We should not underemphasize our capacity to dehumanize; it is, sadly, one of the very characteristics that makes humanity unique, as documented by the sobering book Less Than Human, by the philosopher David Livingstone Smith.14 Smith demonstrates that humans are alone in the animal kingdom in their capacity to turn group against group, family against family, nation against nation, not merely in becoming violent but in engaging in treatment so cruel that it can only be justified by thinking of the victims as entirely other.
Moreover, as Smith argues, the capacity to dehumanize is not restricted to a single time period or culture, or only to one side of any given conflict, but is universal across known human history. Just in recent months, the news have been full of examples of human beings treated as less than fully human, from genocide in Myanmar to widespread allegations of sexual harassment, and worse, in Hollywood and the halls of government.
The progress of liberal humanism has proved no impediment to dehumanizing tendencies. In support of his own anti-Semitic policies, Adolf Hitler pointed to the American eugenics movement of the early 20th century. At that time, Charles William Eliot, a Harvard president, was an outspoken opponent of immigration and intermarriage between races (including not only blacks marrying whites, but Irish Catholics marrying Anglo-Saxon Protestants), and a supporter of the forced sterilization of those considered “feebleminded” or “criminalistic.”15 And it was Supreme Court Justice Oliver Wendell Holmes Jr. that wrote the majority opinion in Buck v. Bell, which upheld the forced sterilization of Carrie Buck, a woman designated “feebleminded” by the state of Virginia. “Three generations of imbeciles are enough,” wrote Holmes, referring to Buck’s mother and infant daughter.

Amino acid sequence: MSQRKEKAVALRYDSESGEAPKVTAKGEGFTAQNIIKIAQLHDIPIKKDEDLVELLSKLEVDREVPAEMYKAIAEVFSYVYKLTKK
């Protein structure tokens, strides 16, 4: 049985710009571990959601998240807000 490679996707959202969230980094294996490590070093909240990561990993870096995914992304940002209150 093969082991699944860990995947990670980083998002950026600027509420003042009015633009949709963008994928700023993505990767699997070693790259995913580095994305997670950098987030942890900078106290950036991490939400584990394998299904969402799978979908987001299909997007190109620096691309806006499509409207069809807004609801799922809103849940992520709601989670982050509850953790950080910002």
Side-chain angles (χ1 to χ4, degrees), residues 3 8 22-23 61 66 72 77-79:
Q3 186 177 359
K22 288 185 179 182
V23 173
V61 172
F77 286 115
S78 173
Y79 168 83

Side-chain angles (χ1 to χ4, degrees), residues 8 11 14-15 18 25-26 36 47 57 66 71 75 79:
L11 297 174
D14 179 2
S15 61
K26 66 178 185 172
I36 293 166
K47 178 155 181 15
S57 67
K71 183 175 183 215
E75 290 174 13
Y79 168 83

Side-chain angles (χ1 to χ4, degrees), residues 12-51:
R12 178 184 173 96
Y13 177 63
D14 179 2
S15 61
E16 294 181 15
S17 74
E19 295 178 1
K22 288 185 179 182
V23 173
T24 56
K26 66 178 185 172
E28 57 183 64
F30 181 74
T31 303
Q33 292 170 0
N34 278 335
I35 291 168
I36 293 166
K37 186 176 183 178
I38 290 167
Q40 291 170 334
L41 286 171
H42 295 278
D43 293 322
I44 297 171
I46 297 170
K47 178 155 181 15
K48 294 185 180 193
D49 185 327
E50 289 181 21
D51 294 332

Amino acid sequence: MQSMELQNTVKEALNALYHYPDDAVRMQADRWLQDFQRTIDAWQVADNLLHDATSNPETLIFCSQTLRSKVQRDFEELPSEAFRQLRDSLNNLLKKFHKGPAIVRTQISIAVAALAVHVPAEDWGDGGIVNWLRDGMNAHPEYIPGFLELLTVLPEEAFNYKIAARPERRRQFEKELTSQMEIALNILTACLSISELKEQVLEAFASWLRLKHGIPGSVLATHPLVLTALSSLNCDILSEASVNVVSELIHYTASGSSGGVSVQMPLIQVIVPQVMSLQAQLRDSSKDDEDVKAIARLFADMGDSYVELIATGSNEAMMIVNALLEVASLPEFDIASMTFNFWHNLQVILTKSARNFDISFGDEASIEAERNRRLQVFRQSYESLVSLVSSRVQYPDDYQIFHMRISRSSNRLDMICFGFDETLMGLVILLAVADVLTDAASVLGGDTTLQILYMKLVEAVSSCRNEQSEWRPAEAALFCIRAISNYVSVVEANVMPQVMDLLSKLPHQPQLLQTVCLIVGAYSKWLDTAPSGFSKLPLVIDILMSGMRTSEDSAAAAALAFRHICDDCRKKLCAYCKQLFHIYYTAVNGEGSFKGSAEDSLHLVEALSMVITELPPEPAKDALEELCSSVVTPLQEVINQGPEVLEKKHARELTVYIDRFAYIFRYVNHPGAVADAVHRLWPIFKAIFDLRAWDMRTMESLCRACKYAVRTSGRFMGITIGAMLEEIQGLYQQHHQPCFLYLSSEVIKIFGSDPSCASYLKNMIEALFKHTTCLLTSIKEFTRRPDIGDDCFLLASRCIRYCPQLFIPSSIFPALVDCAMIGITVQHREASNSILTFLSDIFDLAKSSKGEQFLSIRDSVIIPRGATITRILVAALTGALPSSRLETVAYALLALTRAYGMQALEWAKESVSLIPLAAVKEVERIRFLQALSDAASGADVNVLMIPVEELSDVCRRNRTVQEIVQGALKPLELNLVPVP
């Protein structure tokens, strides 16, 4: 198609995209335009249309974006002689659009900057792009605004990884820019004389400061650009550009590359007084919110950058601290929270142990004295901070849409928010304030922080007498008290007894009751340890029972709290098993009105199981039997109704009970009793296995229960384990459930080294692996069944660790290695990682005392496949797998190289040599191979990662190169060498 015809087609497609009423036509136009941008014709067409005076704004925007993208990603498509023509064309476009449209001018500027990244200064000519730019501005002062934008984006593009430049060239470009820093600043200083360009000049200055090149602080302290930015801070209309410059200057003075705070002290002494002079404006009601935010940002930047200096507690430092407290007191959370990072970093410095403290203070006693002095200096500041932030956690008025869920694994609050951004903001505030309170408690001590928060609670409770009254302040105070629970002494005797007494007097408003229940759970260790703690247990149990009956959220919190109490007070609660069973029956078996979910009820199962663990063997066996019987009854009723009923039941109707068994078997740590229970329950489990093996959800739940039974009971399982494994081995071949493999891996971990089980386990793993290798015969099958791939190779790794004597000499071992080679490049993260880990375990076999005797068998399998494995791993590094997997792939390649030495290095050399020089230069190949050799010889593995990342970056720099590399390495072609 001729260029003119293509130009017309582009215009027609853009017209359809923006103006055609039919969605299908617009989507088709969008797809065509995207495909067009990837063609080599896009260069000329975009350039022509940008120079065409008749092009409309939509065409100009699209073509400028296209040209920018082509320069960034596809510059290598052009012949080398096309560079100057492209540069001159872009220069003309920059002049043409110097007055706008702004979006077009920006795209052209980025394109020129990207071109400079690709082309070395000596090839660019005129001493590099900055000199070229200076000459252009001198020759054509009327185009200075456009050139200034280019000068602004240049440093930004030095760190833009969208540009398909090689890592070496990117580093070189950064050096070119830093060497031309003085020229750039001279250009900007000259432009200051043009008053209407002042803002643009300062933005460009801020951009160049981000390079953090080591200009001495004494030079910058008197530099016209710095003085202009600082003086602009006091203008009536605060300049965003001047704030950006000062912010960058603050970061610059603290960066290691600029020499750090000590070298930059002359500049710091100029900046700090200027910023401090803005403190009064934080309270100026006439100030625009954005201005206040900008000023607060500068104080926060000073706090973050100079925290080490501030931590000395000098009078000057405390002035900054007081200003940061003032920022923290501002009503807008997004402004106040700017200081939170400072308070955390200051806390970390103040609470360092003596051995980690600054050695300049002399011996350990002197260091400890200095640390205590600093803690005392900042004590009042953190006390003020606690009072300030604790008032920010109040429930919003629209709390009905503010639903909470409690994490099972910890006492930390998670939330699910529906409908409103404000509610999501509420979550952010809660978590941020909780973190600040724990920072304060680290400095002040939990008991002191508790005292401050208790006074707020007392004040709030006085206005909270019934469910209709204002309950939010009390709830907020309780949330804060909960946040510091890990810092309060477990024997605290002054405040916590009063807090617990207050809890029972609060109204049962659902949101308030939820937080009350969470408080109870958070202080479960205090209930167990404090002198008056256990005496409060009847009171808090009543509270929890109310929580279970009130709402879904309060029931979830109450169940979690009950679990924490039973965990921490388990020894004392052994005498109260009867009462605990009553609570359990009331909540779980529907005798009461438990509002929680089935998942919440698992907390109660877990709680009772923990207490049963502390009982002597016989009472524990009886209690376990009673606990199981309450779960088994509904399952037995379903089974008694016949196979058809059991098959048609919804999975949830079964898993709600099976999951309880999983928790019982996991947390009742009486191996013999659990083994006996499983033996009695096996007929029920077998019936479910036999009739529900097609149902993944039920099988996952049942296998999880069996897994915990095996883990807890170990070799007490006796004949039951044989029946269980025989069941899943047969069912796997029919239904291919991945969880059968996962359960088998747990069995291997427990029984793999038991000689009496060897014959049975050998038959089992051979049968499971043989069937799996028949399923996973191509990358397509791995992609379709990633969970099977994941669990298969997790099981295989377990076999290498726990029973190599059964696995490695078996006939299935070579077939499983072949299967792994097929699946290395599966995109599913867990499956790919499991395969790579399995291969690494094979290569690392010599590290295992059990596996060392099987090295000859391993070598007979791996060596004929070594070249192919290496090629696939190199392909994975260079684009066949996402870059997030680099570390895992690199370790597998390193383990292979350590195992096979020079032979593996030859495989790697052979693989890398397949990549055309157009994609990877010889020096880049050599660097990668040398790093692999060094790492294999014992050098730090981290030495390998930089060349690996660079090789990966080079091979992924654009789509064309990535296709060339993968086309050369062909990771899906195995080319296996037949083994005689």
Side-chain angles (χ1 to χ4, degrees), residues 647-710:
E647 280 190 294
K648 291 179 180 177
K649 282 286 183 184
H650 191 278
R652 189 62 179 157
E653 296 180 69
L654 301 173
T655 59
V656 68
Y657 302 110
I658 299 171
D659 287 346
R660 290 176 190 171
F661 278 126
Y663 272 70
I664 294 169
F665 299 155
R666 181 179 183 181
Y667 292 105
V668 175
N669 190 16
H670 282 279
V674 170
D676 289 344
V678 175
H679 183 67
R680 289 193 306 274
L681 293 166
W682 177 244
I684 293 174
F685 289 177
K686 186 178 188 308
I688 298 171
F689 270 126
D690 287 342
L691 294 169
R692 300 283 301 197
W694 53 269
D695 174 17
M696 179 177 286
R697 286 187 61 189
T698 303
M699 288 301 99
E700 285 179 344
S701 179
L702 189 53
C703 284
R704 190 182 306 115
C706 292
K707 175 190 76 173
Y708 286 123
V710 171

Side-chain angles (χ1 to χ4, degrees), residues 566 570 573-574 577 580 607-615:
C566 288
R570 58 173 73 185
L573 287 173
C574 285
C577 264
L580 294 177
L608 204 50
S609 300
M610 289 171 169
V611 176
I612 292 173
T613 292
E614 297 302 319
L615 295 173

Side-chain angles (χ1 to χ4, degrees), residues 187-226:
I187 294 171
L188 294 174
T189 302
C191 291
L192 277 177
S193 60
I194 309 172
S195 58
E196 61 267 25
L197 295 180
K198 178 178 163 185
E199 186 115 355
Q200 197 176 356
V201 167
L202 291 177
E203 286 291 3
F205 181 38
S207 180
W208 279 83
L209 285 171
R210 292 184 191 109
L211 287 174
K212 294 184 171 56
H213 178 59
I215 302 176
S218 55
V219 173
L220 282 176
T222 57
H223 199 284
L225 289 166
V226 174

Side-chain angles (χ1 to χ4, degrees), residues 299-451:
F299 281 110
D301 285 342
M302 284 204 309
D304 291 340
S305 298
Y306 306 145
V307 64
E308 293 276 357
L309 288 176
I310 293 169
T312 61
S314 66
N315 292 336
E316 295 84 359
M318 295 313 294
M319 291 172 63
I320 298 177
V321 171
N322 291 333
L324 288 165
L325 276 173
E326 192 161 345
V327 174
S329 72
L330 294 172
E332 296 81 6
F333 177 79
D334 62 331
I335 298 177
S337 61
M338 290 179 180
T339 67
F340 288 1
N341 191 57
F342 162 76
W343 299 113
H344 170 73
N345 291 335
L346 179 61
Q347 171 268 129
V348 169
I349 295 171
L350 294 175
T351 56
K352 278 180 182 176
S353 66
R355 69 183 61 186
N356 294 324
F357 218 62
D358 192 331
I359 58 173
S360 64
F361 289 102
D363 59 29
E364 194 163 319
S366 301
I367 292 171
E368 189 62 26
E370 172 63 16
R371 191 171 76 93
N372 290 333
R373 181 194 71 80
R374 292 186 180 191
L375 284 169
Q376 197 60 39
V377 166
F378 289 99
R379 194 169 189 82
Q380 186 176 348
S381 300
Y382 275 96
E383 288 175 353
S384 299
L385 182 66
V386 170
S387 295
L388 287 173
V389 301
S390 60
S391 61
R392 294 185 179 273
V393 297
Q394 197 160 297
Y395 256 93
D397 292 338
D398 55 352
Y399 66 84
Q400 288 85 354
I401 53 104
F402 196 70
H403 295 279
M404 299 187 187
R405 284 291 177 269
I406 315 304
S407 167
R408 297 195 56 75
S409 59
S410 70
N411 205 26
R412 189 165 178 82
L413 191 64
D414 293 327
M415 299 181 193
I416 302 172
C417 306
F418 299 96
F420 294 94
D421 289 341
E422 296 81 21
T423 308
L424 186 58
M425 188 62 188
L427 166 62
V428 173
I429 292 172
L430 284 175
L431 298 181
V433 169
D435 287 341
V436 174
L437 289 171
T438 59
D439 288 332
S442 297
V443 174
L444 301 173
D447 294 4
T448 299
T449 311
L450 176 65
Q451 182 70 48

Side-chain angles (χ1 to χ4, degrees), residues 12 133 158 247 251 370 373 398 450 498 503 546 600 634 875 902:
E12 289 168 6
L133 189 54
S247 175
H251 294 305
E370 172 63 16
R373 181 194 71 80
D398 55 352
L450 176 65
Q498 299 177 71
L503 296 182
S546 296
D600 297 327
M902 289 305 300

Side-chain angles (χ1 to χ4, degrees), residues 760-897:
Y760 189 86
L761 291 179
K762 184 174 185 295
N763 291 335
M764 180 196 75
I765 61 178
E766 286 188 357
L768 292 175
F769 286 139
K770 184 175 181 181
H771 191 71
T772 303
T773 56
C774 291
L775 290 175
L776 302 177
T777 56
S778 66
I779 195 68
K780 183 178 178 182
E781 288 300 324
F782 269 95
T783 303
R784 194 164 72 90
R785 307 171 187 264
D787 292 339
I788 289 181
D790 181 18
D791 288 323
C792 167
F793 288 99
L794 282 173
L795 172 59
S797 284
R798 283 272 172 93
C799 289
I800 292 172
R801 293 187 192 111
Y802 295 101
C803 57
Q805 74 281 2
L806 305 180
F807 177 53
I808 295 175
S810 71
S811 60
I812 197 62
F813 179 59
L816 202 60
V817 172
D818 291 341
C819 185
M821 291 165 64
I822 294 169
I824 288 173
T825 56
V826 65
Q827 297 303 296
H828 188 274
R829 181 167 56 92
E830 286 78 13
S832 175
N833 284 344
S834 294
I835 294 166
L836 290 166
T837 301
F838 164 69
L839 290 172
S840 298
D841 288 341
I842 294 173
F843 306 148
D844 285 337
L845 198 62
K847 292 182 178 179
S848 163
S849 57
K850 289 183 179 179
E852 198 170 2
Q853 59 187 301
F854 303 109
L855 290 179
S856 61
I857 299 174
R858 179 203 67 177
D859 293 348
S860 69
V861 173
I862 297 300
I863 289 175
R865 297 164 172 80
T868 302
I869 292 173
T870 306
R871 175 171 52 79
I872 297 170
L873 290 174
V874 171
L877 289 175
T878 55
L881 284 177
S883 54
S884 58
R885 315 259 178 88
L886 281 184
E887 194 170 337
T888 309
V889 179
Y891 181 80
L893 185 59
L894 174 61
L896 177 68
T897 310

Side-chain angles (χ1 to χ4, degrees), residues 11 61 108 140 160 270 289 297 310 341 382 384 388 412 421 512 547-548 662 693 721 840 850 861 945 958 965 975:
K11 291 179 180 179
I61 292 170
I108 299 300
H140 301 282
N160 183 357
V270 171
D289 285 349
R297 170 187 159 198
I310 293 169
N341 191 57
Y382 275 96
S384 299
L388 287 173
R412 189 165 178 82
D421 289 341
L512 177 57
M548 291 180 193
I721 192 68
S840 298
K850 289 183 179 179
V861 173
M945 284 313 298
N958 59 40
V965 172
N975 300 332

This history – our history – should give us pause as we develop technologies with potentially dehumanizing applications. The point is not to put a stop to their development altogether; this would forfeit the opportunity to prevent much human suffering. But we need to ask where we can find the resources to identify those lines which cannot be crossed without violating human dignity. In the rest of this article I want to suggest that Christianity provides a definition of humanity that provides maximally robust protections against the possibility of dehumanization.
The beginning of Christian ethical reflection on human dignity begins with the radical assertion that humans are created in the image of God, or the Imago Dei (Genesis 1:26–27). But what exactly does this mean? Until the mid-twentieth century, Christian thought on the imago Dei focused on uniquely human capacities, usually reason and morality.16 But if a capacity is absent, or damaged, does this mean that the imago Dei is degraded?